Found 10 blog entries tagged as Wallace Frost.

Last week we presented the story of Dorothy Scherer. Aside from being a national figure in women’s golf, she was a descendent of one of the most noteworthy families in Detroit, and was the mother of HMA’s founder, our very own Hugo Higbie. She and her husband Harley G. Higbie resided at a magnificent estate named “Higbie House”.

This week we stay on Lake Shore to visit a superb Mid-Century Modern home – 515 Lake Shore, designed by Wallace Frost for Almadus DeGrasse Wilkinson in 1956-1957.

Wallace Frost was a versatile architect who designed at least 44 homes in and around Birmingham, Michigan. Yet despite working predominantly on the west side of Metro Detroit he also created at least nine homes in Grosse Pointe that spanned several…

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Last week we visited 15420 Windmill Pointe, designed by noted local architect Robert O. Derrick for John Bell Moran. Completed in 1927, “Bellmor” is a 12,000 square foot English Tudor style mansion modeled after a sixteenth century English manor house.

This week we present another grand home on Windmill Pointe, 15324 Windmill Pointe, designed by prominent Detroit architect Wallace Frost in 1927, for Ross Whitcomb Judson, the founder of Continental Motor Company. 

15324 Windmill Pointe, named “Kasteel Batavia”, is arguably one of the best examples of an English Country estate found in the Grosse Pointe communities. Situated on two acres with 220 feet of lake frontage, it is an impactful residence constructed from brick and stone; the roof is…

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Last week we concluded our exploration of Woodland Place with a visit to number 6. Completed in 1925, this 4,876 sq ft home was created in an English architectural approach. The house was commissioned by Harry Seymour Finkenstadt and was designed by Robert O. Derrick - his second project on the street. 

This week we return to the work of prolific architect Wallace Frost with a more in-depth review of 242 Lewiston, created for George P. McMahon. We recently presented the history of Mr. Frost’s career, during which he designed 44 residences in and around Birmingham and at least nine homes in Grosse Pointe. You can read the full story by clicking here.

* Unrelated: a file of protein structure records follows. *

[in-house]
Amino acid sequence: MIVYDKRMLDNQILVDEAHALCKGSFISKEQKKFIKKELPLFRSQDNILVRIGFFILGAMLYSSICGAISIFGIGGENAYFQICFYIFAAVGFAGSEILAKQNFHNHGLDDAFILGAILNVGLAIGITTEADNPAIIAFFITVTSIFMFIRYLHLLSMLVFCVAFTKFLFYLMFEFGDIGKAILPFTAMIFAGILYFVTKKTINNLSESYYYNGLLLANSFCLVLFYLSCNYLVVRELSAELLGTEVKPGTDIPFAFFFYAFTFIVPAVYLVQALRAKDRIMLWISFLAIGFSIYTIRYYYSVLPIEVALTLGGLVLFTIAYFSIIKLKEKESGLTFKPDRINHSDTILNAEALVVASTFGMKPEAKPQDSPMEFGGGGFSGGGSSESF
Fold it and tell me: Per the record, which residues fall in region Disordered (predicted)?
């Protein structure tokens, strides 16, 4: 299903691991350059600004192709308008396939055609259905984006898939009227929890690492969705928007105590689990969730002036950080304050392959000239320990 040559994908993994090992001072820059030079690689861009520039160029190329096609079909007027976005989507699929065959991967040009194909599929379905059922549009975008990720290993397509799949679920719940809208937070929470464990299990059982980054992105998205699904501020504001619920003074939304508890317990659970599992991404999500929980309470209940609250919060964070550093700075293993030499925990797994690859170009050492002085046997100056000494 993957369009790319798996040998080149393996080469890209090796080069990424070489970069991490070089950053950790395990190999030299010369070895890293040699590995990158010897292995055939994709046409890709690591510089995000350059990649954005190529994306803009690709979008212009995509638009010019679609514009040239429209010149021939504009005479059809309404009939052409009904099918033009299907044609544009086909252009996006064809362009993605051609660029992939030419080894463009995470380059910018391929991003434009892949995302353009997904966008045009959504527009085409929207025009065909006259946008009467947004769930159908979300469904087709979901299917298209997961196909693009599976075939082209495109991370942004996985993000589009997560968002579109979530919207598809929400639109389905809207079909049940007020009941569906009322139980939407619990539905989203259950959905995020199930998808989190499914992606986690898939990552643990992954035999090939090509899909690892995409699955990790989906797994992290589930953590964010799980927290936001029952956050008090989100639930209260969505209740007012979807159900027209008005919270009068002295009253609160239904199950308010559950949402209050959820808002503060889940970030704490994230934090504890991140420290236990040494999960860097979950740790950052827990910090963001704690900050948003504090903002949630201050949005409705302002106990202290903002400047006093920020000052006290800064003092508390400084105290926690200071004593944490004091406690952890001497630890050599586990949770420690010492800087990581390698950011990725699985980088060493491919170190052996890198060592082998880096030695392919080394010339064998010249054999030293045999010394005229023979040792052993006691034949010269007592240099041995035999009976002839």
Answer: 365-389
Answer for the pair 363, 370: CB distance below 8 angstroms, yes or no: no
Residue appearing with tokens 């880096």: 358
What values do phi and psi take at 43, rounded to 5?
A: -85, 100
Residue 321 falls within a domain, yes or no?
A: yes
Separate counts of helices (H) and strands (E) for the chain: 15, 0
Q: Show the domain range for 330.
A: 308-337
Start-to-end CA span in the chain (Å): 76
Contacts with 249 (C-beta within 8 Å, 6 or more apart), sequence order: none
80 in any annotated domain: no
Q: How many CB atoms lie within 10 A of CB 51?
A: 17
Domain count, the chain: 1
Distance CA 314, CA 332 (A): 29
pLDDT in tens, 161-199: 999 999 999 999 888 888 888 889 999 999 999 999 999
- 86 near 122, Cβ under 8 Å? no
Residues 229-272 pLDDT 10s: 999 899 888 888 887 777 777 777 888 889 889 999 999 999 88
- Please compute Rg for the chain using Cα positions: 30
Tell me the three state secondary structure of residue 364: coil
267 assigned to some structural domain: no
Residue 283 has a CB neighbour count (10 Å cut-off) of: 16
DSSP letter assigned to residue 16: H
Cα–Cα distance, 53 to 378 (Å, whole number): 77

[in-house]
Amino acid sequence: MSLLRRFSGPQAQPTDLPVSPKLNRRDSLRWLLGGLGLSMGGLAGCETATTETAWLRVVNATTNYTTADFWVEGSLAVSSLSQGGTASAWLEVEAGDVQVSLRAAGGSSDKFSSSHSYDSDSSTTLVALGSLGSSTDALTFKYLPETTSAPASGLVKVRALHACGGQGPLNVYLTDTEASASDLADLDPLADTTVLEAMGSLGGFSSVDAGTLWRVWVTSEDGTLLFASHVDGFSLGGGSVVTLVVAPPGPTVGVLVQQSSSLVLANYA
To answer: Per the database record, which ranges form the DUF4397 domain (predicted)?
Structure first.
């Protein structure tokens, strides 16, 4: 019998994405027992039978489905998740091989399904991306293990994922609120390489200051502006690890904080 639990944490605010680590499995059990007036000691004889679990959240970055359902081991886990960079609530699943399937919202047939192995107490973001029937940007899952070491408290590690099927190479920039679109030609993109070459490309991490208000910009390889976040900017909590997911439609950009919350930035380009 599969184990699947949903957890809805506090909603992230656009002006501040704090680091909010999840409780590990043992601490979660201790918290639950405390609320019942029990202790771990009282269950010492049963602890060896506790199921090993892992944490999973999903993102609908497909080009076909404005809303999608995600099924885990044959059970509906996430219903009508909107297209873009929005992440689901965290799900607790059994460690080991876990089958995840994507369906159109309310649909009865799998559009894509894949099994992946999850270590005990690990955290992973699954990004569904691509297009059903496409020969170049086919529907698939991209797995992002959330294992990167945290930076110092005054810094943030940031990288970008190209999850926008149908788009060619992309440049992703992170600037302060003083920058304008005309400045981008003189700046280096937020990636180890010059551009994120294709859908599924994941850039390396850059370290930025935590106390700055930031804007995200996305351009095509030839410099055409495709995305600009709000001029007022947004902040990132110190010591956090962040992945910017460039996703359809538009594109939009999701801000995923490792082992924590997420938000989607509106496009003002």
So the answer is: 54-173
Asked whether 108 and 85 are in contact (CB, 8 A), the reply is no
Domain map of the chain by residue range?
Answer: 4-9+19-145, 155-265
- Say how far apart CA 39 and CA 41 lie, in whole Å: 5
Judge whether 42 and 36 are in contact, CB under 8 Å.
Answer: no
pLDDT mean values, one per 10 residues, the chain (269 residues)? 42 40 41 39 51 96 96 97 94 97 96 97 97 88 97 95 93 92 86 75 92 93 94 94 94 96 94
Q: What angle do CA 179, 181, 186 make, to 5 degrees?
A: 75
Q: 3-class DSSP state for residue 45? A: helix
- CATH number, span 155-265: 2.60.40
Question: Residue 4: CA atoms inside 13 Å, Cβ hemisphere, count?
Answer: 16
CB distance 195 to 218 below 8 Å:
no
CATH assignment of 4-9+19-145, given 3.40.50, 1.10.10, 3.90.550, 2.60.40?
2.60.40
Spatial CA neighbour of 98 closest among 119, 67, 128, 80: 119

During his career Wallace Frost created several wonderful homes in the Grosse Pointe communities.…

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Last week we presented the history of St. Ambrose Church, located at 15020 Hampton Rd, Grosse Pointe Park. The church was completed in 1927, having been designed by Detroit based firm Donaldson and Meier – one of several buildings constructed by the firm for St. Ambrose Parish.

This week we turn our attention to a rather special architect, Wallace Frost. During his career he designed 44 homes in and around Birmingham, Michigan. However, despite working predominantly on the west side of Metro Detroit he also designed at least nine homes in Grosse Pointe that spanned several architectural styles and decades – 1920’s through to the 1950’s. His projects include:

  •        16632 E. Jefferson (1926)
  •        42 Hendrie Lane (1926)
  •        41…

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Last week we presented the story of one of Grosse Pointe’s lost estates – 910 Edgemont Park – a once beautiful Italian Renaissance Revival style home completed in 1925, allegedly for Walter & Edith Scotten. Our files list the architect as George V. Pottle; however, this has not been verified by blueprints. 910 Edgemont was raised in April 1995.

This week we head to an iconic home -16632 E. Jefferson. Located on the shores of Lake St. Clair, it was commissioned in 1926, by Detroit Industrialist Edgar Woodbury Bowen. It was designed by esteemed architect Wallace Frost.

16632 E. Jefferson is an 8,140 sq ft stately French Normandy style home situated on a private lane (adjacent to Jefferson Court) on nearly one acre of land. It is one of the…